More than 118,000 HGV tests are required to take place over the next 12 months if a skills black hole caused by the pandemic is to be plugged, according to research carried out by the Logistics Skills Network (LSN).
In 2020, just 15,547 professional drivers passed their test, compared to a five-year average of 41,730.
Last month, HGV driver tests resumed but the LSN said trainers were struggling to obtain their full requirement of tests from the DVSA, resulting in a shortfall of 27.65%.
It said if this was extrapolated against the five-year average then there would be 19,908 fewer tests in 2020 compared to previous years.
Based on this shortfall, the LSN said there was an immediate requirement for between 28 and 30 additional HGV examiners, but that even this would not deal with the backlog from last year and so the true number needed to be closer to 100.
The LSN, which represents UK logistics training providers, has previously called for the DVSA to introduce “radical” plans to resolve the industry’s driver shortage, which was already at around 60,000 prior to March 2020.
The organisation cited one trainer, who said: “I’m not sure what wizardry DVSA are currently using to allocate trainer booking allocations, but they are not reflective of our purchasing over the last few weeks or our usage since the reopening.
“I would be interested to know what formula is being applied.”
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Another said: “The allocation teams are a nightmare to get hold of, especially if you need to resolve an issue.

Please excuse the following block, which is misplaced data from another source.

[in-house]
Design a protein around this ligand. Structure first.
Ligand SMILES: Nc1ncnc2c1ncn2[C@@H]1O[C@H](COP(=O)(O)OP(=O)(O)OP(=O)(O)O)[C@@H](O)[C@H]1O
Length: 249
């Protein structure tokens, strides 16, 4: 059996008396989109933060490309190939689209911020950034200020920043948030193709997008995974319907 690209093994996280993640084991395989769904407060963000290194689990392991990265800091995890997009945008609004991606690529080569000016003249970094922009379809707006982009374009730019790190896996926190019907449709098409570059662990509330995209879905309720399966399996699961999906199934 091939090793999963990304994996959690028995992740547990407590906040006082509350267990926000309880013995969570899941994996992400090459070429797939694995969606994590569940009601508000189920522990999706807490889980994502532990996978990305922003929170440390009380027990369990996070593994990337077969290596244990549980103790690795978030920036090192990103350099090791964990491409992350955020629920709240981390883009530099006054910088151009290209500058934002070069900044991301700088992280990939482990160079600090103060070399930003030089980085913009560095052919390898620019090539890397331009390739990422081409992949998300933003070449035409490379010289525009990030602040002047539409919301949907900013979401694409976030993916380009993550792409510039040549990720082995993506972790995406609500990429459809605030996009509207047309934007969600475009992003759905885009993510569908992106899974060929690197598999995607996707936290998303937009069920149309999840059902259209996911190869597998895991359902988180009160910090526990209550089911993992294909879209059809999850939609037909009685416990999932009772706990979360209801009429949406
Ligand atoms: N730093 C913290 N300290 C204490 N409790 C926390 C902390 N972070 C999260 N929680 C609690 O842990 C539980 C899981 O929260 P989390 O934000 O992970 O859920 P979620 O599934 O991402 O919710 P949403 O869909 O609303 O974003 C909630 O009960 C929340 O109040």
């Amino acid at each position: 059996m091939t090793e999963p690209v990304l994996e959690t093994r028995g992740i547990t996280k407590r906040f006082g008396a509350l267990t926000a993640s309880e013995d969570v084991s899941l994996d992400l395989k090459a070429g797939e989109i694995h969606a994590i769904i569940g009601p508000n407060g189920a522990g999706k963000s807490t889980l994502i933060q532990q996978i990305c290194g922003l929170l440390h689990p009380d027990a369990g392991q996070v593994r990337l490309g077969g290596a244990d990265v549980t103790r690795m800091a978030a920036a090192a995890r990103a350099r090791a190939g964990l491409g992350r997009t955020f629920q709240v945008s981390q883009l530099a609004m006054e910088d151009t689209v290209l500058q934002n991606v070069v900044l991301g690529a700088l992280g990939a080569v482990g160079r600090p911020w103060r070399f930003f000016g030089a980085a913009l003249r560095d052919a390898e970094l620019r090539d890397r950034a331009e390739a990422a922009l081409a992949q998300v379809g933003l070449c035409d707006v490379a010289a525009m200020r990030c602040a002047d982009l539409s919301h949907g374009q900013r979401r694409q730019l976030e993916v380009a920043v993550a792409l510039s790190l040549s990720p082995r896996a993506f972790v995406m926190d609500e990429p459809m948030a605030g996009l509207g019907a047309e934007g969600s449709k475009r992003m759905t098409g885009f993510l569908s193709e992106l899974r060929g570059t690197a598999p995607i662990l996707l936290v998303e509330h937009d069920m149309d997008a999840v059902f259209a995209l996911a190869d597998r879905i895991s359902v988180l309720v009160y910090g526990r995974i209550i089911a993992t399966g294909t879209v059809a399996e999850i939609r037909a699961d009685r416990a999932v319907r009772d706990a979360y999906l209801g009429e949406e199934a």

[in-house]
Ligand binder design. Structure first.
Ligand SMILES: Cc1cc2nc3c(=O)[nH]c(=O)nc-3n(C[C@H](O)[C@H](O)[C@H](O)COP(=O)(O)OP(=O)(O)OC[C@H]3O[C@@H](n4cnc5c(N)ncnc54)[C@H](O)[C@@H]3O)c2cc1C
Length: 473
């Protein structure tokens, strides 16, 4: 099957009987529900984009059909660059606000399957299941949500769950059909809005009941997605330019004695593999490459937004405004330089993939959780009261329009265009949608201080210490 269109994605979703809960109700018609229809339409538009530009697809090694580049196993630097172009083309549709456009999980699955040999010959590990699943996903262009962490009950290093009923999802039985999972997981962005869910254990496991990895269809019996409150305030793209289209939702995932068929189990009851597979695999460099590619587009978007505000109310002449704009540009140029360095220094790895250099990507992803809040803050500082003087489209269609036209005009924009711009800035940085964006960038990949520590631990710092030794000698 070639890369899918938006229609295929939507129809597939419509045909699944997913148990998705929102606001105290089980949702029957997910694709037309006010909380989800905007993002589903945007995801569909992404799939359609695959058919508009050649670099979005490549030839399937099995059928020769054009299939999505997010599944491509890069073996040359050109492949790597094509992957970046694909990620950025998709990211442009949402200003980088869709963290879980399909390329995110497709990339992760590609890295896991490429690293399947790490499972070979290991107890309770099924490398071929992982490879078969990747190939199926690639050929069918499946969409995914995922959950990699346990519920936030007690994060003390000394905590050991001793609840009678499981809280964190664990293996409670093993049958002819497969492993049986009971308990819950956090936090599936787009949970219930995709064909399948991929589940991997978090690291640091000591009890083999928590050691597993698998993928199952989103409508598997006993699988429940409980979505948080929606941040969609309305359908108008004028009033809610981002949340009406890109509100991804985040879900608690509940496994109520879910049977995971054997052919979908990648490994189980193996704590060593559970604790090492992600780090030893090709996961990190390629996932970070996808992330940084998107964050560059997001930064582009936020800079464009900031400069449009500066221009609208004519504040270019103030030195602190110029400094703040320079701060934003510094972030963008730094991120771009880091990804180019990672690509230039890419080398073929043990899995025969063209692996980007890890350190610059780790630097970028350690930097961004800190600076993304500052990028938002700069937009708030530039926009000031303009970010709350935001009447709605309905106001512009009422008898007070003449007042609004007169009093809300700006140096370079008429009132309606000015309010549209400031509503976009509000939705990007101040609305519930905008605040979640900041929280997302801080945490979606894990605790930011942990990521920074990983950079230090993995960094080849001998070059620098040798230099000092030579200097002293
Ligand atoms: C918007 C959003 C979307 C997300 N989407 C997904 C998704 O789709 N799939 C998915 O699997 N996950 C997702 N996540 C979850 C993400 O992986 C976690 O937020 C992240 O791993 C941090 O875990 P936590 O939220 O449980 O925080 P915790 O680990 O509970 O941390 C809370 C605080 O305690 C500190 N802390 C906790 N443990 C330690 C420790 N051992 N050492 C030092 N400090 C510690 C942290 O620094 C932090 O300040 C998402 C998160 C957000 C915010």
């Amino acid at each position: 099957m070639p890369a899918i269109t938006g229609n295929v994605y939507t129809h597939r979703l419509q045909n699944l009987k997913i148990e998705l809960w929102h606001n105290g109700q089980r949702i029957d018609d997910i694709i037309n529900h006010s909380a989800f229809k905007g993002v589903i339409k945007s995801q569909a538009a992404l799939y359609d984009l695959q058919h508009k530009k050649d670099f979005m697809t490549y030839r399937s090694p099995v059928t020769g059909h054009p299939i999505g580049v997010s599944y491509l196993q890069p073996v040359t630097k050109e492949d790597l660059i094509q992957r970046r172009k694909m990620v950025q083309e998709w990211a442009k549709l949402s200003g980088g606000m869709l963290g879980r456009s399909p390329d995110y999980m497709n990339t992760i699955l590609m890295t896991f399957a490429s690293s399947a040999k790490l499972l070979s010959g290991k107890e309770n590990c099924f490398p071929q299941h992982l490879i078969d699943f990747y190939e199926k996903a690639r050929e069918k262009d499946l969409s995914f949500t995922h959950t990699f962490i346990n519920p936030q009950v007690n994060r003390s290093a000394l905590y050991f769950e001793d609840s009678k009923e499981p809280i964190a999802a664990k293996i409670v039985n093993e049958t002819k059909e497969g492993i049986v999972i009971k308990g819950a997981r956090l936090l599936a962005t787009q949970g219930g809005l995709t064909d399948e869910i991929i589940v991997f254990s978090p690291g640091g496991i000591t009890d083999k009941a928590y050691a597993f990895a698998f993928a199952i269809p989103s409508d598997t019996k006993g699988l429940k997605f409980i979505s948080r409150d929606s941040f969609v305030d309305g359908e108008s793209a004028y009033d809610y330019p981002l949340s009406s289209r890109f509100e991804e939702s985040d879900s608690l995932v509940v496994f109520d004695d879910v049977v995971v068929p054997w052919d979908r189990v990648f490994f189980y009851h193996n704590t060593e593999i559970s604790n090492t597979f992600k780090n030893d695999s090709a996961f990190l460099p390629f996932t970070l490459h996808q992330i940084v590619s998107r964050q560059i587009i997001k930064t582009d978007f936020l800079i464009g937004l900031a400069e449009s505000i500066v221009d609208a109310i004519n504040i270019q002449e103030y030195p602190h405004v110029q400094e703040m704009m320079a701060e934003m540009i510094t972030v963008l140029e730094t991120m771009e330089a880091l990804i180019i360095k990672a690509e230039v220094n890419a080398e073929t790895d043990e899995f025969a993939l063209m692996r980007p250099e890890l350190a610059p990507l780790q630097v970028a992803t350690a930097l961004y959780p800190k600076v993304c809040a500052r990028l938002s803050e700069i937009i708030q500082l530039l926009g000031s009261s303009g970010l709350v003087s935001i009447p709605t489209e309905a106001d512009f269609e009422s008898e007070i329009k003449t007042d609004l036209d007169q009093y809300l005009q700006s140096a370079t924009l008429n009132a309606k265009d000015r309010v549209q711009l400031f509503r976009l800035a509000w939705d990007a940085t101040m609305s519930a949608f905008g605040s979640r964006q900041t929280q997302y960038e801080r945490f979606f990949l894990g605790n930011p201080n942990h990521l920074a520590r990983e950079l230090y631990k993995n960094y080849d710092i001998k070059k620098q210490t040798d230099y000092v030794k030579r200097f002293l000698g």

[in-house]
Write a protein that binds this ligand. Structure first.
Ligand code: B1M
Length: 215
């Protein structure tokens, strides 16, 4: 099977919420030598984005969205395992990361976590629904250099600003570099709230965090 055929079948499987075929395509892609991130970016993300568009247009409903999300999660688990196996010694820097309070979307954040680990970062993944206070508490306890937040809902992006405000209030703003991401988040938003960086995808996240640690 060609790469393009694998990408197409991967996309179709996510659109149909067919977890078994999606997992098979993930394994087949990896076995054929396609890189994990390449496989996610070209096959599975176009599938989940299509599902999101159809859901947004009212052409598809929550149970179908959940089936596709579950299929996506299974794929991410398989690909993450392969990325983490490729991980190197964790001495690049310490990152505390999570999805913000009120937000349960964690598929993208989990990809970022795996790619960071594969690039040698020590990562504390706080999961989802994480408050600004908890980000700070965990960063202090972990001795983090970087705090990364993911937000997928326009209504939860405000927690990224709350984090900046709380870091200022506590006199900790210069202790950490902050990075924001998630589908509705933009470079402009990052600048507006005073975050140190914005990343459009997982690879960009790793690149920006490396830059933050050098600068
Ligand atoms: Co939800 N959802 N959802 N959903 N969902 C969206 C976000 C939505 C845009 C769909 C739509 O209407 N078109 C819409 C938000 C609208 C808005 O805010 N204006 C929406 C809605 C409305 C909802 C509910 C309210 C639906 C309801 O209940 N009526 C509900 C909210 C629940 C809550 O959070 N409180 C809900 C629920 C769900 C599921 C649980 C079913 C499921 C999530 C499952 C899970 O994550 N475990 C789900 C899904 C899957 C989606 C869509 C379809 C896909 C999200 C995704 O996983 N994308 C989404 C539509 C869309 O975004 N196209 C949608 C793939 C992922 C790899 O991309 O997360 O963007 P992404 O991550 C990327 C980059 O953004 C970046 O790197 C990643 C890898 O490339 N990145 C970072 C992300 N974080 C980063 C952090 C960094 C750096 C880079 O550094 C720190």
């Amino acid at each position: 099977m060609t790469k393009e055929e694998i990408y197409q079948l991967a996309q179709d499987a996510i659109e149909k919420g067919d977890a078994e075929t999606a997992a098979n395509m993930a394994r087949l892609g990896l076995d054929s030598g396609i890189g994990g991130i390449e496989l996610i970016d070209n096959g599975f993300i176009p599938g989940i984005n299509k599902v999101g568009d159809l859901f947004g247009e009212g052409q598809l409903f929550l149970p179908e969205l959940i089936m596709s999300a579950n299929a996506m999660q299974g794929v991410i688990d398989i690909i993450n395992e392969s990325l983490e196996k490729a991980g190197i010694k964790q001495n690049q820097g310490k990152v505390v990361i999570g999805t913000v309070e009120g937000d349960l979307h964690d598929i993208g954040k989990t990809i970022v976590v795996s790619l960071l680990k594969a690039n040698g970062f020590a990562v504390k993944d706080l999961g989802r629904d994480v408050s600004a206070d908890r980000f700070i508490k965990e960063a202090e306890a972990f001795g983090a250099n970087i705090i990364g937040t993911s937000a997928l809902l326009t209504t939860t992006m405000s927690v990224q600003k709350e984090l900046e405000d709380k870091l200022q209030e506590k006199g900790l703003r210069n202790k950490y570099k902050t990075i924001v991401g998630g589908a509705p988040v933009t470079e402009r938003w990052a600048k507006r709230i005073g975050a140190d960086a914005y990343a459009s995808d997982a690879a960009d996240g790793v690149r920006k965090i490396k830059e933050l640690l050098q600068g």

“They also have a nasty habit of putting tests on hold, leading to a three-hour phone call to get the allocation re-released.”
Responding, a DVSA spokesman said: “We are working hard to provide as many driving test slots to candidates as we can, whilst making sure it is safe to do so for both our examiners and candidates.
“Since driver testing resumed the DVSA has increased the number of tests available through extended operating hours, and making sure all staff who can conduct a driving test are doing so. This has helped make sure up to 3000 Large Goods Vehicle tests are available every week with almost 4000 taking place so far.
“The DVSA continues to work with the driver training industry to understand the demand for tests as a result of the pandemic.”
The agency also provided the following information:
• The pandemic has been an unprecedented challenge for us all and the Driver and the Vehicle Standards Agency (DVSA) fully appreciates the challenges that suspending routine driver training and testing presents.
• Vocational driver training and testing resumed on 12 April in England and Wales, and on 26 April in Scotland.
• The suspension of testing caused by the national lockdown restrictions has, inevitably, led to high demand for tests. The DVSA has put in place a number of measures to increase practical driving tests. These include offering overtime and annual leave buy back to examiners, asking all those qualified to conduct tests, but who do not do so as part of their current day job, to return to conducting tests, and conducting out of hours testing (such as on public holidays).
• The DVSA understands the impact the pandemic is having on individuals and businesses, but its main priority must be that everyone is safe.